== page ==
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Frequently Asked Questions - DOT Lining Study 2 (UV CIPP Water Quality)

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General Questions

The 2018 study published in Environmental Pollution scientific journal was conducted to help state transportation agencies in the U.S. better select and oversee cured-in-place-pipe (CIPP) technology for the repair of storm sewer culverts. The goal of the present study was to better understand chemical emissions into water and air due to Ultraviolet (UV) light CIPP installations by addressing those knowledge-gaps. The study objectives were to (1) determine an uncured resin tube's chemical composition, (2) characterize materials released into air and water during four UV CIPP installations, and (3) chemically characterize CIPPs removed from each installation. Recommended future bench- and field-scale research activities were also developed.

Go to the Environmental Pollution journal website ( and download the following three groups of files:

  1. A PDF "Manuscript" file,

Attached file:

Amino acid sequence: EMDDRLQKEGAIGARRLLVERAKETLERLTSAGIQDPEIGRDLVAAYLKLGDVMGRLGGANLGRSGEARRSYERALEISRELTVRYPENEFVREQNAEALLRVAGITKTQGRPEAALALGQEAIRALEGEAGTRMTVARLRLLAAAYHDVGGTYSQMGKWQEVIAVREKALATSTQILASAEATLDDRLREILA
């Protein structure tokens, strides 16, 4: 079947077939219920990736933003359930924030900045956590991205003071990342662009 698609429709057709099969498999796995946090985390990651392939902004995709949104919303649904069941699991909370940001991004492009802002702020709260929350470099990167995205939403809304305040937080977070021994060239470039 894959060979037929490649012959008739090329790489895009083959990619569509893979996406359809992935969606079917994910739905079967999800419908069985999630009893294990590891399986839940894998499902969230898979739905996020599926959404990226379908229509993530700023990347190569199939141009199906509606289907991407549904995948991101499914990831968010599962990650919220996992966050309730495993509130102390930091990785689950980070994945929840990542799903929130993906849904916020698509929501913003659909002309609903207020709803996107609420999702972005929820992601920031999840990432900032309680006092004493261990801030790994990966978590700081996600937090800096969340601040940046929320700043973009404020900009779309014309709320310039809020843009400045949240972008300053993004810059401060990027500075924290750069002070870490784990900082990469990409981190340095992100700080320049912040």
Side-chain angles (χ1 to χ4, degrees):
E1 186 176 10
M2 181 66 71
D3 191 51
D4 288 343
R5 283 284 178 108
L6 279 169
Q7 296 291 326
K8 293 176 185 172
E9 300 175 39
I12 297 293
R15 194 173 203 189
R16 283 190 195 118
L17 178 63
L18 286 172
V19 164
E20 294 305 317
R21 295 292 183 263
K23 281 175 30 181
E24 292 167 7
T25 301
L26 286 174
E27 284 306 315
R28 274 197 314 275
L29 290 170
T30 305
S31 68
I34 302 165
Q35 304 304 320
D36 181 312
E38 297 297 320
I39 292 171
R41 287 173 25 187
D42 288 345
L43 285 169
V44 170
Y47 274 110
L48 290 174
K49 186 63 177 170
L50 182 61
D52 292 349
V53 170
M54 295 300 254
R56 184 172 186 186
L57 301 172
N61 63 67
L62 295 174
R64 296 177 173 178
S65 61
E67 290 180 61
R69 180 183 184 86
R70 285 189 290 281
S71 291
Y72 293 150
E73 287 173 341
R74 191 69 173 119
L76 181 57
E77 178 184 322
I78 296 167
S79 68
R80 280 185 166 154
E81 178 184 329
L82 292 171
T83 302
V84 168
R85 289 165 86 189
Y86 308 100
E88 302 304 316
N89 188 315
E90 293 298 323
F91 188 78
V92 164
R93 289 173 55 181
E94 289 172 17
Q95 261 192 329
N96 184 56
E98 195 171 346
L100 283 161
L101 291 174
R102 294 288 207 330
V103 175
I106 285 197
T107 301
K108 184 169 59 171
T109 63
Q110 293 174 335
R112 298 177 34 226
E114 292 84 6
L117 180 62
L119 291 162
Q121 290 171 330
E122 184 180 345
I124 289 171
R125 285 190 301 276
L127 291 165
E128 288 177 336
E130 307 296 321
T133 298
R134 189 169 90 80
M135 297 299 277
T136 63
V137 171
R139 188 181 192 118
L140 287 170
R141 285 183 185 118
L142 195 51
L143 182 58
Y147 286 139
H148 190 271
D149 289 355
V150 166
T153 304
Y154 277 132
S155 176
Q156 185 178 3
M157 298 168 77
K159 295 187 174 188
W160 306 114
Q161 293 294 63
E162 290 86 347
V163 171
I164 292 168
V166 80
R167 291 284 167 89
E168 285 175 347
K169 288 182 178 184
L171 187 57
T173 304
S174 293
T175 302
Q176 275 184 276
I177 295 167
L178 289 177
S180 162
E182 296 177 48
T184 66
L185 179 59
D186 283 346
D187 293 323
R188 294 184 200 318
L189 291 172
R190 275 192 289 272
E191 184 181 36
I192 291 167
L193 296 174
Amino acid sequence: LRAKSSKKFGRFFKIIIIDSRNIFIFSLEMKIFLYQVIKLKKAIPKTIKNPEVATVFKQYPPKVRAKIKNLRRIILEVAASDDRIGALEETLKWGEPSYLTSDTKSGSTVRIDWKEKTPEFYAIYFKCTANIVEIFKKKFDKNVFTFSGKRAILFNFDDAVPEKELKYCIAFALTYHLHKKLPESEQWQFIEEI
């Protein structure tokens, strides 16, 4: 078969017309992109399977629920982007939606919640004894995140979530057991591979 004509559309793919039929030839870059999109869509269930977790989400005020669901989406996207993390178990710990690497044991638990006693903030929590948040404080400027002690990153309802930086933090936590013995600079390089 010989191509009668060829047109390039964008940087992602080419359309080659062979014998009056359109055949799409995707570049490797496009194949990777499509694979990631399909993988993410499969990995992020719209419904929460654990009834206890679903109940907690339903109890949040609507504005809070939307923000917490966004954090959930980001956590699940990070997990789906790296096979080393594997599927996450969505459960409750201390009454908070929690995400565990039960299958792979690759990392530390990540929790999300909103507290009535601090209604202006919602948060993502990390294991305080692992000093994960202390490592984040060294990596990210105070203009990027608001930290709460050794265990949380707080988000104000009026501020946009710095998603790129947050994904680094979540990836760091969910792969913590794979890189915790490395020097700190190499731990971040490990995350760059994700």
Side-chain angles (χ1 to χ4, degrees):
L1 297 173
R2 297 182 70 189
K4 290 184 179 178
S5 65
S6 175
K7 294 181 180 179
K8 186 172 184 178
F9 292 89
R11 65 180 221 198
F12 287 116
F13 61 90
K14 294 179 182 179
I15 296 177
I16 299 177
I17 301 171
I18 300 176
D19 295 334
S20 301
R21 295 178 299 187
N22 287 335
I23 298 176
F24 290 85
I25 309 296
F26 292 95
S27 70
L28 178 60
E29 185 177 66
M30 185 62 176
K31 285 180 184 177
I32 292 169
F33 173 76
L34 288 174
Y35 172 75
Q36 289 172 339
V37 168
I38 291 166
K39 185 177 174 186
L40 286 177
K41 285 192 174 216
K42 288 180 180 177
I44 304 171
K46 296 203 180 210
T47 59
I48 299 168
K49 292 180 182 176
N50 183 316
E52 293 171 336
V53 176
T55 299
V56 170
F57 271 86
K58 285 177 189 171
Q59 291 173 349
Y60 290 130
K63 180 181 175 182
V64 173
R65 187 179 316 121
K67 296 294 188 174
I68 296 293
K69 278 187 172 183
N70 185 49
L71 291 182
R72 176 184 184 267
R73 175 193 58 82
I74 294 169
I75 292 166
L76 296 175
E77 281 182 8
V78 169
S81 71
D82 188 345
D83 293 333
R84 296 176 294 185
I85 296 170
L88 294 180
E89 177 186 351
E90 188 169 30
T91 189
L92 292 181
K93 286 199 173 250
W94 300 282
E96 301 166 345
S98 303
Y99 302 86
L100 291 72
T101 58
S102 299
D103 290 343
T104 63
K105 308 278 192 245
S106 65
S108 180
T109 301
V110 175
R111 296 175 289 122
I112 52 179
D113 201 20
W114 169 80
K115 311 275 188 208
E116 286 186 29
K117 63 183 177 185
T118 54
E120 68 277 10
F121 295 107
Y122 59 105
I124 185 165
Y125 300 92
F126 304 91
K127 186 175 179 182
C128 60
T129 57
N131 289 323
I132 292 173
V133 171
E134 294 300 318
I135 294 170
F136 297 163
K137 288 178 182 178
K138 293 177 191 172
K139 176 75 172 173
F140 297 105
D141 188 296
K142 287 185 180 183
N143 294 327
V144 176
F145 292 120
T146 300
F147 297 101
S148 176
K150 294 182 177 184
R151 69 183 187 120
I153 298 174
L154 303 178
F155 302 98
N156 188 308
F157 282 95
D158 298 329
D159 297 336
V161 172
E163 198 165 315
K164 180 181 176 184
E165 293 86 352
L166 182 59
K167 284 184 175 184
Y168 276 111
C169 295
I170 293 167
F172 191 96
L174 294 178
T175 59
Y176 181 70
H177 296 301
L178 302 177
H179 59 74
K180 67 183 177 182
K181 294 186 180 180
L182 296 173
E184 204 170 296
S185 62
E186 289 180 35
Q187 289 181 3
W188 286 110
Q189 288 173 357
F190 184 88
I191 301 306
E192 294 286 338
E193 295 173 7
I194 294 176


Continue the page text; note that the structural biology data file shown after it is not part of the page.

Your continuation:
2. A PDF “Supporting Information” file that contains a list of CIPP air incidents and other materials,
  3. Two (2) videos (est. 50 MB total)

Today, the cured-in-place-pipe or CIPP process is used to sanitize sewer, storm sewer, and drinking water pipes. The CIPP process is also used to repair pipes outside the U.S. The CIPP process involves the chemically manufacture of a new plastic pipe inside an existing damaged pipe. The process involves the handling of raw chemicals onsite. If the damaged pipe is not repaired, it may fail and will ultimately need to be replaced. An advantage of the CIPP technology is that a new plastic pipe is created without the need for digging up the damaged pipe. CIPP repairs can be less expensive compared to other alternatives. The CIPP process was invented in the 1970s.